Energy Future interest payment buys time to restructure


By Nick Brown and Bill Cheung

NEW YORK, Nov 1 (Reuters) - Energy Future Holdings made aninterest payment of about $270 million to subordinatedbondholders on Friday, setting the stage for a few more monthsof restructuring talks that are likely to come to a head earlynext year.

The Texas power generator has been negotiating for monthswith creditors to restructure its $40 billion in debt ahead ofan expected bankruptcy filing.

Friday was expected to be a deadline in those talks, withsenior lenders hoping the company would skip the payment tosubordinated bondholders and file for Chapter 11 instead.

But the company made the payment on schedule, EFH spokesmanAllan Koenig said, two days after a source close to the mattertold Reuters the company was leaning toward paying it.

The company also said in a filing with the U.S. Securities &Exchange Commission that talks with creditors have for the timebeing broken off.

Lawyers and financial advisers representing the creditorsare still engaged in negotiations with the company, and thecompany expects talks with creditors to resume, saying in thefiling it would "continue to explore all available restructuringalternatives."

Energy Future Holdings was created in October 2007 in a $45billion buyout of Dallas-based TXU Corp, the biggest electricitygenerating and distribution company in Texas.

The buyout, led by KKR & Co, TPG Capital ManagementLP and the private equity arm of Goldman Sachs,left the company with debt just as natural gas prices were aboutto plunge, making its coal-fired plants unprofitable.

The next interest payment to those bondholders is due inMay. But the company likely must reach an agreement withcreditors before then.

In the first quarter of next year, EFH expects to receive anopinion from auditors on whether it can survive as a goingconcern based upon its annual financial statements. It may havetrouble convincing auditors to grant a positive opinion, giventhat $3.8 billion of bank debt matures in October 2014 and thecompany has only around $1.8 billion of cash. Failure to securesuch an opinion would trigger a default of EFH's $20 billion ofbank debt, meaning lenders could push the company intobankruptcy.

That means restructuring talks will likely come to a headsometime in the first quarter of 2014, people close to thediscussions told Reuters.

Friday's interest payment to subordinated bondholders hadsurprised some creditors, who said EFH would not want to upsetlenders of $20 billion in secured debt.

The lender group viewed the payment as money out of its ownpocket because it would have had first claim on certain of thecompany's assets in the event of a Chapter 11 filing, two peopleclose to the matter told Reuters on Thursday.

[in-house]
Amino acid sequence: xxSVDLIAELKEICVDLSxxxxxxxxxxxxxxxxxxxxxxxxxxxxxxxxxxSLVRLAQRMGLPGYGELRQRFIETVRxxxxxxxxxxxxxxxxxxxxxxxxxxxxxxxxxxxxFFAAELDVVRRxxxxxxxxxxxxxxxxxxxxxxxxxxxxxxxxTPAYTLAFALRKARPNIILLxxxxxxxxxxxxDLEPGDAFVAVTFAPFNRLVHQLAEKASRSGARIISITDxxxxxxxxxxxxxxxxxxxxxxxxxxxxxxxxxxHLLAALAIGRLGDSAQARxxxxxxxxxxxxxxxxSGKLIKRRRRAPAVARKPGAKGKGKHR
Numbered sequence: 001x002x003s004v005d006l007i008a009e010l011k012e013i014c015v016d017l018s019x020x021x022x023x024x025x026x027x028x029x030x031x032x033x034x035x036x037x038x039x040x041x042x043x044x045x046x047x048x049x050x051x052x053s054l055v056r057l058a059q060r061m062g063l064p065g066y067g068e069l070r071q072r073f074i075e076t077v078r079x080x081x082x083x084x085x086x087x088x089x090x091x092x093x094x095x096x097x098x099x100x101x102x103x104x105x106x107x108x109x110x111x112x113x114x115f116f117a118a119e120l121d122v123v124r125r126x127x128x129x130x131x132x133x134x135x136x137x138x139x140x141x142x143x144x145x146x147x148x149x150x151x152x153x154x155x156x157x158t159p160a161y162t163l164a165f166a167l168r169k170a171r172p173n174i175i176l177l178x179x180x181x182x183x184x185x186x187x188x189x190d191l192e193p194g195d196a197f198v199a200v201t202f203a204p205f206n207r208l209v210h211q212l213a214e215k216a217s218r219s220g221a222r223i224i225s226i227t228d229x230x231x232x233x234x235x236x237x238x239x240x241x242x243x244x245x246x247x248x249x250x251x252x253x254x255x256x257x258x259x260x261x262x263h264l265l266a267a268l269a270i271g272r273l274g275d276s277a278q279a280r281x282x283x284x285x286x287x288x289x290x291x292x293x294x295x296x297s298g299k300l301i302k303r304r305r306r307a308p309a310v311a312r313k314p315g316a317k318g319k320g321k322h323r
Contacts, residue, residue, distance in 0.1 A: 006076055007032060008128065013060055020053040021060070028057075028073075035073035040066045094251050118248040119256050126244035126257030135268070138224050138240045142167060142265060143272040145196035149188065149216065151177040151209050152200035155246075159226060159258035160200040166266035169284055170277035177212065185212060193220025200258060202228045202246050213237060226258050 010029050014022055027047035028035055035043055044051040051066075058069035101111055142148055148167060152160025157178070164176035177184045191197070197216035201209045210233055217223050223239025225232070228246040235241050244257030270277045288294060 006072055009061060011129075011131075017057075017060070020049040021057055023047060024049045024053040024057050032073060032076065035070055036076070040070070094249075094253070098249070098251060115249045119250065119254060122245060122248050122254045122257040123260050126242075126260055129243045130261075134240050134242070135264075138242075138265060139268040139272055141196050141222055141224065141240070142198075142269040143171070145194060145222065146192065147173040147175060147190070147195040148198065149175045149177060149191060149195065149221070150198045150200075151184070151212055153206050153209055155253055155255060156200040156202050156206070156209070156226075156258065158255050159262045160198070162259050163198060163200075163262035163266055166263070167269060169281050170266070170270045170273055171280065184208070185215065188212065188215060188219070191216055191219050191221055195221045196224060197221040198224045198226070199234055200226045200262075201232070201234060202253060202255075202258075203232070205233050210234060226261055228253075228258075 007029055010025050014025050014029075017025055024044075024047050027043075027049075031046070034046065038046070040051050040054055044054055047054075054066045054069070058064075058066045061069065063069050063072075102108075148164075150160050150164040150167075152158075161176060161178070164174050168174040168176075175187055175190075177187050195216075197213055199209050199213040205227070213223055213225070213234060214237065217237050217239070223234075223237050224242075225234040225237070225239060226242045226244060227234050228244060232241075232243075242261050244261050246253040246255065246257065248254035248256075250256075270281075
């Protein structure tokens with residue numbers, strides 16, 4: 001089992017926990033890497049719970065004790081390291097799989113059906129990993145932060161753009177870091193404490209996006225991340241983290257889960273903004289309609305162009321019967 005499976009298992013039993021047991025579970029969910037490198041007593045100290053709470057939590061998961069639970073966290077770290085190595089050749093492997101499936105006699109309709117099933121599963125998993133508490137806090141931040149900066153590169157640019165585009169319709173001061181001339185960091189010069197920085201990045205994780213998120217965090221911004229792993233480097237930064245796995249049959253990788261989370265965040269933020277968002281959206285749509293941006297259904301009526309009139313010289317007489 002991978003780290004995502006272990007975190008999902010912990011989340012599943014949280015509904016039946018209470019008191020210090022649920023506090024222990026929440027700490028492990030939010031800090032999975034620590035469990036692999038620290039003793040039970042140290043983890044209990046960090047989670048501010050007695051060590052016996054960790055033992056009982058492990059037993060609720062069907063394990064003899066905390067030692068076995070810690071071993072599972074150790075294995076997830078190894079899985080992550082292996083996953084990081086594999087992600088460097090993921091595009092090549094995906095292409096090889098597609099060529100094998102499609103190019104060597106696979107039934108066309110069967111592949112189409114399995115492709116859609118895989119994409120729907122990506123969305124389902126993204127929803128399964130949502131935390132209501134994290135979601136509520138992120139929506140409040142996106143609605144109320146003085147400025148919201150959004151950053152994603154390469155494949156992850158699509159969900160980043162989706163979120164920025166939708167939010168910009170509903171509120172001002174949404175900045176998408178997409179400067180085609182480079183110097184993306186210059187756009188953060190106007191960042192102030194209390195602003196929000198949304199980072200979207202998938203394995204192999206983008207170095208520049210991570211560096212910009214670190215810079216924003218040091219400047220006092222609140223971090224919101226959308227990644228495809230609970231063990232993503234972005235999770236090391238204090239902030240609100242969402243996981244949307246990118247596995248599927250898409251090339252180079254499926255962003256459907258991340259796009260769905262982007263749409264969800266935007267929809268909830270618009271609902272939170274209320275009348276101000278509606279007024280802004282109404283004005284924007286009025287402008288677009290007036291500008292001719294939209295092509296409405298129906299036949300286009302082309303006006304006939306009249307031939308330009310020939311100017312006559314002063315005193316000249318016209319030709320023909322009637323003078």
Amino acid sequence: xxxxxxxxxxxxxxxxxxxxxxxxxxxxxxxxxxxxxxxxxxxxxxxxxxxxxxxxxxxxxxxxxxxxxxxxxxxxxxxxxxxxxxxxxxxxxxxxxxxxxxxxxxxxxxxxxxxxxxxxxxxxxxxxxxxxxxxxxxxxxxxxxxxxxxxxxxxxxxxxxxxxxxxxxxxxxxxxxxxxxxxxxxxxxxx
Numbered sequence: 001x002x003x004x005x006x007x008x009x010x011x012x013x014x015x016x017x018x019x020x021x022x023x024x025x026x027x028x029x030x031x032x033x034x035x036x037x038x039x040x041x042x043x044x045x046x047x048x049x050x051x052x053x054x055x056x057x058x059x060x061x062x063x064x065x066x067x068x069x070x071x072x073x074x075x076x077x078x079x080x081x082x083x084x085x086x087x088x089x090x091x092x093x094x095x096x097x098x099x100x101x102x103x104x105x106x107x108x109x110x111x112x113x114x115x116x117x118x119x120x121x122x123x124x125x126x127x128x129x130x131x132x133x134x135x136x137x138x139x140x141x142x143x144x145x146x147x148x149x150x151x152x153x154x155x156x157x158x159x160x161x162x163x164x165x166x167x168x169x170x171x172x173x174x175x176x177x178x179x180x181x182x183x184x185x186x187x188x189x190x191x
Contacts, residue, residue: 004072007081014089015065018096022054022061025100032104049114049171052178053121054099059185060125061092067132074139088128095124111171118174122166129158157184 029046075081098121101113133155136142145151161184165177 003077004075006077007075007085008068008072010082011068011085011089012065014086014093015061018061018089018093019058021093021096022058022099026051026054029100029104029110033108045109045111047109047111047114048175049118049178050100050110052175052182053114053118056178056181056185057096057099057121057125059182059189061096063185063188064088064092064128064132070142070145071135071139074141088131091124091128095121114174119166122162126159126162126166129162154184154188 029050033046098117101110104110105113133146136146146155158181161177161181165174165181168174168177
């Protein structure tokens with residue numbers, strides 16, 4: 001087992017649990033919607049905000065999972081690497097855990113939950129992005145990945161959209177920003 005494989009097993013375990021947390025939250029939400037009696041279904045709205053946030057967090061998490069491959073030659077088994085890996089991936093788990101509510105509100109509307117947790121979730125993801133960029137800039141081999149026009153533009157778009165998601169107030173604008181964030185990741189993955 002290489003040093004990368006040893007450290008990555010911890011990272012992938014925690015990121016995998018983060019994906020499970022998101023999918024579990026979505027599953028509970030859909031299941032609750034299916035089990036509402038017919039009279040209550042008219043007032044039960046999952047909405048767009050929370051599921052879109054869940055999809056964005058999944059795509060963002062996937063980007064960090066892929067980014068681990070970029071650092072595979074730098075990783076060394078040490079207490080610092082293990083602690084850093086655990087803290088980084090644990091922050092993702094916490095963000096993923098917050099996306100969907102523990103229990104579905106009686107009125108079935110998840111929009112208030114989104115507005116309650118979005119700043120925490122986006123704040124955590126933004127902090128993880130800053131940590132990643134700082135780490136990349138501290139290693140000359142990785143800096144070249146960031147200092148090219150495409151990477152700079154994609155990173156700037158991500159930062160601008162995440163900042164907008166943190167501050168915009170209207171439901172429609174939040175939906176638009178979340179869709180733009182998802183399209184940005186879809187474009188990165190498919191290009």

The move may have put a chill in relations between thecompany and the lenders as restructuring talks carry on. Thelenders, through sheer size of their claim, have more bargainingpower than other creditors, which could make life difficult forthe company if the lenders are dissatisfied with developments.


Friday's filing with the SEC detailed a few differentrestructuring proposals advanced by the company and itscreditors, all of which would have included a voluntarybankruptcy filing by EFH or its subsidiaries. While none wereagreed to, they could form the basis of future discussions.

EFH's plan, which would be funded by a $3.6 billionbankruptcy loan, would allow the buyout group to retainownership of 4 percent of the company. The lenders would get therest of the equity, along with $7 billion of debt split into twotranches.

Secured debt at Energy Future Intermediate Holdings (EFIH),a subsidiary that owns EFH's regulated transmission anddistribution business, would largely be refinanced into newbonds with lower coupons. The bondholders would also receiveso-called make-whole payments to compensate for the value offoregone interest.

Another plan, put forward by the secured lenders, would givelenders all the equity, plus $8 billion in new debt, with anypotential recovery for the buyout group to be determined.Classes of bondholders at EFIH would receive $225 million and$375 million in cash respectively.

While those plans would attempt to keep the company intact,a third proposal would separate the regulated transmission unit,EFIH, from the parent, handing its ownership instead to some ofthe unit's unsecured bondholders and paying off more seniorbondholders with proceeds from a new bankruptcy loan and arights offering.

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